Posted: 10/20/2005 11:42:57 PM

From: Kansas City, Mo.

Joined: 8/23/2005

Started my practice session this evening with the technique that schielenkrahe recommended.

And, yes, I will have to give it a few days. As far as just letting the "Theremin play me" -- well... I am working on it. I feel more liberated when I have an effect going... such as a loop/echo. And, by golly, I stumbled on to an idea that I will likely record.

After really just gesturing and breathing as you recommended (actually went more than 15 minutes) then I started playing thru a Bach Fugue (actually, a slow one that is playable on the Theremin though one must overdub to do the four parts).

There is so much music that I enjoy that it is tough for me to identify the one piece that, above all others, brings me joy. However, MANY musical works and styles bring me great satisfaction so I just played various things.

A common thread that runs through all the postings is that one must find their own style of playing that works for them.

The only time I experience "stress" is when I attempt to play music that doesn't "fit" will on the Theremin... such as music with rapid passages and jumps. When I play music that sits well on the instrument, I feel quite relaxed.
Posted: 10/21/2005 12:08:47 PM

From: Los Angeles

Joined: 3/8/2005

"whatever energy or combination of energies out there in the universe that is required to play a theremin -- it's always out there. Move out of your own way and begin to allow a shift in your thinking. Allow whatever the universe requires to flow through you. Stop thinking of yourself as the solid entity that bends this instrument to your will -- rather, think of yourself as the conduit and ALLOW THE THEREMIN TO PLAY YOU"

Is this some kind of joke?
Posted: 10/21/2005 12:42:03 PM

From: Colorado

Joined: 4/3/2005

I have an odd technique. (and Jason has seen it!)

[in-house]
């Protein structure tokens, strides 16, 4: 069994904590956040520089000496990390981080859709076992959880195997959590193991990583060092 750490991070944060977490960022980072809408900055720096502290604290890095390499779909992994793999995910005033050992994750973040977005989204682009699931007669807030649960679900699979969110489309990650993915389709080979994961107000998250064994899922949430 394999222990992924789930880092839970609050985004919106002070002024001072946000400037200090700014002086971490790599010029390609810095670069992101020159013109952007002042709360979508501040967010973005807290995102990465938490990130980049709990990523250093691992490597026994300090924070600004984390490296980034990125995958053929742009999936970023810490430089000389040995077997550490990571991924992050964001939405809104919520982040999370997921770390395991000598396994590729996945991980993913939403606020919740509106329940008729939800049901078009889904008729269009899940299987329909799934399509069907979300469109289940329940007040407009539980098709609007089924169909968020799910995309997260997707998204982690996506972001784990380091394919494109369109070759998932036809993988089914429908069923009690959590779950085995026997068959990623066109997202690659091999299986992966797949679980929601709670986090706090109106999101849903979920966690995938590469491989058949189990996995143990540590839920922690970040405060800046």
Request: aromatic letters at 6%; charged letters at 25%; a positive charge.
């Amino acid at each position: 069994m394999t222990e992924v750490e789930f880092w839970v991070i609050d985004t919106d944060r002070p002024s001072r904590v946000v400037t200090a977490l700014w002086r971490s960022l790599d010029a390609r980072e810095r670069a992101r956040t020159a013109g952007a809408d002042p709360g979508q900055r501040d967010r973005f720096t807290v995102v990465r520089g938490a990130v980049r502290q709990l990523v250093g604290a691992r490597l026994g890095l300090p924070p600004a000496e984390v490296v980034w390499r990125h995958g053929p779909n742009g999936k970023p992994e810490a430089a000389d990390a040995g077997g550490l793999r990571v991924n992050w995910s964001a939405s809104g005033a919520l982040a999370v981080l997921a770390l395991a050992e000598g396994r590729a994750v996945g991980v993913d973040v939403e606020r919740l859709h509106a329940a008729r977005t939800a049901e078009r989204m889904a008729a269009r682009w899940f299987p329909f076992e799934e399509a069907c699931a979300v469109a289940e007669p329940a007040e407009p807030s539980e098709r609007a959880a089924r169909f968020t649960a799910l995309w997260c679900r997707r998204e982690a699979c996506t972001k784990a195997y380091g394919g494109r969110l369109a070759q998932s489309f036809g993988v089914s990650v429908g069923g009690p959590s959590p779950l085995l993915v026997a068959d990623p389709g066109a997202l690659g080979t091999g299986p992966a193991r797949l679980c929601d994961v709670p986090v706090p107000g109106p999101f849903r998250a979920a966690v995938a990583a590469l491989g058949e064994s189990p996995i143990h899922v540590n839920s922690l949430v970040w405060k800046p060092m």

It's kind of a hybrid of the Pamelia position, and uses aerial fingering but with fingered vibrato rather than hand or arm generated vibrato. The typical position is kind of curling my forefinger and middle finger at the pitch antenna, with my palm rotated mostly toward me. I primarily use these more precise and stronger fingers rather than the ring and pinky. I use a very fast and controlled finger vibrato when I want vibrato. It wiggles side to side, NOT front and back, and it is a very fast and very small movement.

I have tried for years to master the traditional "OK" style aerial finger technique with very limited success. I've had a theremin since 1997, and there was little guidance at that time; the amount of help out there now seems astonishing to me!

I've become serious about the instrument in the last couple years and I must say that I am making much more progress since EW 2005. I took classes with Lydia (who basically told me to start over, technique wise) and was able to really learn something "in person" for the first time.

The good thing is that I've been able to integrate all I learned from her -- and Pamelia, and everyone who played at EW 2005 -- into my playing and I'm making some real progress.
Posted: 10/21/2005 12:51:29 PM

From: Colorado

Joined: 4/3/2005

One more thing to add. I have decided NOT to abandon my technique entirely, despite what Lydia Kavina said. My approach has some merit, I believe. I'm trying to integrate what I learned from Lydia into a new and different approach.

However, although I've had some requests, I don't teach. I don't want to teach my "faulty" technique to anyone and "ruin" them.

Remember, this is a relatively NEW instrument. It's likely the final word on technique has not been spoken yet; it has no relatives from which to draw techniques and practices, so it's kind of a free for all at this point in time.
Posted: 10/21/2005 3:29:47 PM

From: Morrisville, PA

Joined: 10/19/2005

I'm never surprised when someone asks "is this a joke?" The fact is, it DOES sound silly. For the past seven years, I've done a great deal to dispel the myth that the theremin is impossible to play, or the more popular verbalization of it as "the most difficult instrument in the world to play," along with the mistaken notion that it's impossible to execute fast passages, or sharp staccatto, or jump across difficult intervals. The truth is, it's very much like any other instrument -- is anyone able to play a violin or a tuba the first time one picks it up? ALL instruments require a lot of practice.

However, the difference with the theremin (the dozen or so thereminists I know have confirmed this fact) is the psychological obstacle one's own mind creates when faced with an instrument that disallows physical contact. In addition, the movement of the wrist that produces volume and articulation of notes is the OPPOSITE of all other instruments. A musician either strikes down, strums, plucks other instruments, while the theremin requires that you LIFT your hand AWAY from the instrument in order to sound a note.